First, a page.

a structure built in a river upstream from a bridge pier or the like for protection against drifting ice.
What Do “Numpire” and “Ewt” Have in Common?These funny-looking words may not be recognizable, but they were the ancestors of our modern-day umpire and newt. So, how did they evolve into their current forms? Because of the pesky letter n, the indefinite article a/an, and the fact that a bunch of English-speakers hundreds of years ago had hearing problems. The bouncing n and rebracketing Words like numpire and ewt underwent a process we’re playfully calling the …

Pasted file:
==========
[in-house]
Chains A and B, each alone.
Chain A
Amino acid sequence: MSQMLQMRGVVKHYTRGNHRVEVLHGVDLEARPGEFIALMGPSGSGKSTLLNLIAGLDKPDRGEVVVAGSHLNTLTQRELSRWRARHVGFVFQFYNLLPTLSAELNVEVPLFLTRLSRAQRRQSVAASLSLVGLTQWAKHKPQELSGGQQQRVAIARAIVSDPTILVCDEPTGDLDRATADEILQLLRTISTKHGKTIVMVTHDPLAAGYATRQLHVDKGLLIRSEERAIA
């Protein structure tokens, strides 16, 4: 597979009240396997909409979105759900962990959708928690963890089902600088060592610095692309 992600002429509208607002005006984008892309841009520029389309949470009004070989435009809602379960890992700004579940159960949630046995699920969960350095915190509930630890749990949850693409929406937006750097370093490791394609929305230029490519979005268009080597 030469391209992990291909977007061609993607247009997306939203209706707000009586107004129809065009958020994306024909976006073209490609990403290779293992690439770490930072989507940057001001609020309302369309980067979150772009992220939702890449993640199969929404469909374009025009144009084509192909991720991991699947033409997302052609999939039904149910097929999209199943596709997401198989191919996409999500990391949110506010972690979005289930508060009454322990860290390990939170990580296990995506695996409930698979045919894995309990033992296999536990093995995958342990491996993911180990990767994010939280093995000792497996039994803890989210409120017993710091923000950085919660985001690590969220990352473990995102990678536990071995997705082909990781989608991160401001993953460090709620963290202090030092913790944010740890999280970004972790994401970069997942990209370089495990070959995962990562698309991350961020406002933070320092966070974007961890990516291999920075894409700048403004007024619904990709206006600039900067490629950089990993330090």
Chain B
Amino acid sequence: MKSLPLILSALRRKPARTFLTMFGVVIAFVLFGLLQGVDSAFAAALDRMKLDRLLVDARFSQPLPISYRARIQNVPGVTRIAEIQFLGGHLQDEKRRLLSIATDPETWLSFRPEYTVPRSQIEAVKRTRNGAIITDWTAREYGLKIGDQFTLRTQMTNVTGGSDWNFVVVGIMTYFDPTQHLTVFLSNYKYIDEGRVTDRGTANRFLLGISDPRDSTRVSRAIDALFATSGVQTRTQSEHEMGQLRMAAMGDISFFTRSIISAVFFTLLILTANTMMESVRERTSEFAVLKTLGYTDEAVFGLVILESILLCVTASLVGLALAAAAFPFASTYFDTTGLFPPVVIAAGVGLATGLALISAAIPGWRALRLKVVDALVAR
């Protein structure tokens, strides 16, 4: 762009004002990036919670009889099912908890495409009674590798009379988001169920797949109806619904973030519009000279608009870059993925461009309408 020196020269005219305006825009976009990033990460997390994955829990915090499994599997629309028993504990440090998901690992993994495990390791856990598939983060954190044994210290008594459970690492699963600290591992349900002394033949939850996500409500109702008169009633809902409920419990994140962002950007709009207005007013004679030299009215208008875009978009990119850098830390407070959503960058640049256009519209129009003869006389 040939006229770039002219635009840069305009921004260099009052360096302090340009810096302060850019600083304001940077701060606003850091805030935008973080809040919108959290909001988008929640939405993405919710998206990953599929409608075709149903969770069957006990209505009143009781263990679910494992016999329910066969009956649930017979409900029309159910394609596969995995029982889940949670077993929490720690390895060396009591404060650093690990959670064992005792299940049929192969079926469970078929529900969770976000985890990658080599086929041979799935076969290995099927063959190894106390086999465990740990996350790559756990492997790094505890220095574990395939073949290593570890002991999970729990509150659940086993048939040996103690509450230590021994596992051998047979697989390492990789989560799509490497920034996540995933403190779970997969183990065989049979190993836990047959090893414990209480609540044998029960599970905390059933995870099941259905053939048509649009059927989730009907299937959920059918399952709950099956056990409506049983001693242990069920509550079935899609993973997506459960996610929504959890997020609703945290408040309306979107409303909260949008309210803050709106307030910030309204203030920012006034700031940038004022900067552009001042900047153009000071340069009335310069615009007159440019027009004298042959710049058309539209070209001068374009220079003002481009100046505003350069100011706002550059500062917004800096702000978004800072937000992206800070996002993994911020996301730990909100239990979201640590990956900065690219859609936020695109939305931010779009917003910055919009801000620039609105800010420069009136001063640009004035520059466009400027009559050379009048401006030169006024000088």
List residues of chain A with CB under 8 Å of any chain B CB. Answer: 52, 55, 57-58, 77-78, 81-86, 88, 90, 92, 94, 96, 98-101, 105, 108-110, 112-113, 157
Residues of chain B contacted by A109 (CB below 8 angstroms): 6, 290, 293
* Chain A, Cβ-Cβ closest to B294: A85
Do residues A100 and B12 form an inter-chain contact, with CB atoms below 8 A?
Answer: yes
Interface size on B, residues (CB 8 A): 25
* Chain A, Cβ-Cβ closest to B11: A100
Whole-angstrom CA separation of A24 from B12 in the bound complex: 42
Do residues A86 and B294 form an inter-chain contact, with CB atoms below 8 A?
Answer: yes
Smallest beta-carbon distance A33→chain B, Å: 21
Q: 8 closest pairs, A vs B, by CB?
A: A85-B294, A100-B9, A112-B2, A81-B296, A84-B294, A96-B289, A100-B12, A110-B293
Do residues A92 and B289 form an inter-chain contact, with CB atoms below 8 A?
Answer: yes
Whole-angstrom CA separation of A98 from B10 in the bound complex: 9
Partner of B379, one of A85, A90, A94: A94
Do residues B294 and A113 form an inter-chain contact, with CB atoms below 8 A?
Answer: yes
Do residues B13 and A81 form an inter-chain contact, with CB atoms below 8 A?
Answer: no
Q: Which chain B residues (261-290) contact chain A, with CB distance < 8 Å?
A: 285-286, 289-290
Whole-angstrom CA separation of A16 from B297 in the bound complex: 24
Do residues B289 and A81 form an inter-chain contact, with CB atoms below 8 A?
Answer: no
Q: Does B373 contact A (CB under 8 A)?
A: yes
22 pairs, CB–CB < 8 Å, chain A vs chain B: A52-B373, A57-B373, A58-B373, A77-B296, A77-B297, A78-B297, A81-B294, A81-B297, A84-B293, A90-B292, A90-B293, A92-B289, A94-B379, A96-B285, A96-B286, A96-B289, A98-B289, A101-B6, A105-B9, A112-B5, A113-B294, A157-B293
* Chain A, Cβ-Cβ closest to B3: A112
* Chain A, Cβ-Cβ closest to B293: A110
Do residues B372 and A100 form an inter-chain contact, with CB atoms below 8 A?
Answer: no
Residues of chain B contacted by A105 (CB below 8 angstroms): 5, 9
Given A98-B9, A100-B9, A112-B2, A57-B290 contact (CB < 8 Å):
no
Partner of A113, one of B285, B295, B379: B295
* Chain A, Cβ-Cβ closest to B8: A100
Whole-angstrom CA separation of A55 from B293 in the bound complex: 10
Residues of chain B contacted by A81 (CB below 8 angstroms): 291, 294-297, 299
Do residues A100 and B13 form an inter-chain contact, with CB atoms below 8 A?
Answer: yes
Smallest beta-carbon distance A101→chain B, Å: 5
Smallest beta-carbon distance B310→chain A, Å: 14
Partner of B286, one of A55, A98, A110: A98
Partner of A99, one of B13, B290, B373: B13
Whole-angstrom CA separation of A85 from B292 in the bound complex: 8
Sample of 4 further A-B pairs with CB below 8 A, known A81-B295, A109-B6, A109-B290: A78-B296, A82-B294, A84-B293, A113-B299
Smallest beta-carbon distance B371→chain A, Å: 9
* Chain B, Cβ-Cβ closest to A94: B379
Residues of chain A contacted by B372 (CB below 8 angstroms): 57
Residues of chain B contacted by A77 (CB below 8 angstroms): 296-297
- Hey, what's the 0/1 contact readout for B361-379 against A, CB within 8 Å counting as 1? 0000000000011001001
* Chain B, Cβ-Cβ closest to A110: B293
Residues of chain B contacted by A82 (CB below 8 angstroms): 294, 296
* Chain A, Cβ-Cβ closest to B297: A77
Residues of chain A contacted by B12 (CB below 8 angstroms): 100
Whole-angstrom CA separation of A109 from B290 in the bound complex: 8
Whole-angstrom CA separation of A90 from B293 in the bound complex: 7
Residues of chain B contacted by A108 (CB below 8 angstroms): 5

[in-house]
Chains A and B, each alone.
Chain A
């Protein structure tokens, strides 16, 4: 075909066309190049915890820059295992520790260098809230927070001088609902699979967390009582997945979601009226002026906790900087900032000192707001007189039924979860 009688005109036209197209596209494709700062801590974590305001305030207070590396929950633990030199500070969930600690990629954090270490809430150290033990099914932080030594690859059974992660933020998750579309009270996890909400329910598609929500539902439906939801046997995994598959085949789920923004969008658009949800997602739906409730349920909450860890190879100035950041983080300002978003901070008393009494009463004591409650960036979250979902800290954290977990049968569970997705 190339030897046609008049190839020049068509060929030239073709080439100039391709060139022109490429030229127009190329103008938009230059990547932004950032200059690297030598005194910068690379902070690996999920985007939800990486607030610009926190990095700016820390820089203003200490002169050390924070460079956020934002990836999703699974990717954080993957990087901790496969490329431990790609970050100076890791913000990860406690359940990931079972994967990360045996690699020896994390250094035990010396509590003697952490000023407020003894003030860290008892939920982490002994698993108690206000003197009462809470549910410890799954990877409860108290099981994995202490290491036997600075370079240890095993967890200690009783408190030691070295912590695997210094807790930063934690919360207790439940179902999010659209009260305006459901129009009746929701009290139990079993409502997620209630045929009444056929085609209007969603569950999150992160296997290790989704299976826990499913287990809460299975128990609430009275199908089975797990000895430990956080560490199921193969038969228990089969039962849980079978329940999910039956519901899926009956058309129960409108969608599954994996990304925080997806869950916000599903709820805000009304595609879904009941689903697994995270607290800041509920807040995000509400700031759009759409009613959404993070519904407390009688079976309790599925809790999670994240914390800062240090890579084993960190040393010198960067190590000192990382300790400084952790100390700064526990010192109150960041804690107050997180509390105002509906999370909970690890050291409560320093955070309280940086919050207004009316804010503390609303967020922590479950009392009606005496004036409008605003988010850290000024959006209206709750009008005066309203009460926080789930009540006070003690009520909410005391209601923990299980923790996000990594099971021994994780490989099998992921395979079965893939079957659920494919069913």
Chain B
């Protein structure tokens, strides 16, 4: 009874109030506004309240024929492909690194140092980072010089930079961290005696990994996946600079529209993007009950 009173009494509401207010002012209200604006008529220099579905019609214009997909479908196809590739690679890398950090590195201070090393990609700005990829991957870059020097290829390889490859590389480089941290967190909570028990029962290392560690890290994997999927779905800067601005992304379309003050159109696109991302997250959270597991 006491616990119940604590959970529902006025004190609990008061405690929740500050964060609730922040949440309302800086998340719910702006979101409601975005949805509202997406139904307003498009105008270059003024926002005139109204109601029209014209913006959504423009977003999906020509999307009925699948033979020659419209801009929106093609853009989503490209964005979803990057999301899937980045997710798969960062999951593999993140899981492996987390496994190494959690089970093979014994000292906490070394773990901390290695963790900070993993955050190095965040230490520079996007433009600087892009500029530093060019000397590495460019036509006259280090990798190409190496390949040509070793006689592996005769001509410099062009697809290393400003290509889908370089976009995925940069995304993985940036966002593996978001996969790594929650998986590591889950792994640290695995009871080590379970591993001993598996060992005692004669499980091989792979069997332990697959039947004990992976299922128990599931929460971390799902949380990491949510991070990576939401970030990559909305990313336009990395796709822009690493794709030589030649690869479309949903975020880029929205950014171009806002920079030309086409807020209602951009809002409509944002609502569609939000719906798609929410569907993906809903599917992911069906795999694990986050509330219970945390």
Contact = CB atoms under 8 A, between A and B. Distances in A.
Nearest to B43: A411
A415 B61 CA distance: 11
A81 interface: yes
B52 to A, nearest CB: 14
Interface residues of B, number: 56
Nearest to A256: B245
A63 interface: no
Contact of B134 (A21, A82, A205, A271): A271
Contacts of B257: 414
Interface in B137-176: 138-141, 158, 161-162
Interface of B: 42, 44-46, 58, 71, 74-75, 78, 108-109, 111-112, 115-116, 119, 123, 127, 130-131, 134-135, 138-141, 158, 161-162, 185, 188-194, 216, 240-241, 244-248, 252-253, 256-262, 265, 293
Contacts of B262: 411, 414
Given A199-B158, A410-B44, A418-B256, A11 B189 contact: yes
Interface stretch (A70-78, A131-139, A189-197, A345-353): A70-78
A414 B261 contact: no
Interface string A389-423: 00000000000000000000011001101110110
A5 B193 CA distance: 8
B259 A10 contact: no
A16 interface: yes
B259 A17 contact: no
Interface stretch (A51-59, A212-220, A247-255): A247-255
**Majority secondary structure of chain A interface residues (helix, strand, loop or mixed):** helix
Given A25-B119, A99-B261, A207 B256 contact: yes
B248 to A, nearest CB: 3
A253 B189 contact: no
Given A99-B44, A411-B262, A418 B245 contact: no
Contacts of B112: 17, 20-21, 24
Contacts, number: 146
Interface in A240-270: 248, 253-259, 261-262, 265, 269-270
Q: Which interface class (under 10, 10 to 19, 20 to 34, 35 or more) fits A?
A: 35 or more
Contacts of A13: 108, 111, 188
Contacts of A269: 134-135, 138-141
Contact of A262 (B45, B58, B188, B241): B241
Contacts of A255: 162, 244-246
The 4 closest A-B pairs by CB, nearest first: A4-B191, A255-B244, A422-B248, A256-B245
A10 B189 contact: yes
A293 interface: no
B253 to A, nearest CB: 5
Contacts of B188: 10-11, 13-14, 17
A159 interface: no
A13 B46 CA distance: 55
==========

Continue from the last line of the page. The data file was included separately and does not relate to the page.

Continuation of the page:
For All “Intents and Purposes” vs. “Intensive Purposes”Both for all intents and purposes and for all intensive purposes are widely used to mean “for all practical purposes” or “virtually.” But which one is correct? The standard idiom is for all intents and purposes, not for all intensive purposes, though if you were to say these two forms out loud it might be hard to tell the difference between the two. For all …
Origin of ice apron
First recorded in 1865–70
Dictionary.com Unabridged Based on the Random House Unabridged Dictionary, © Random House, Inc. 2019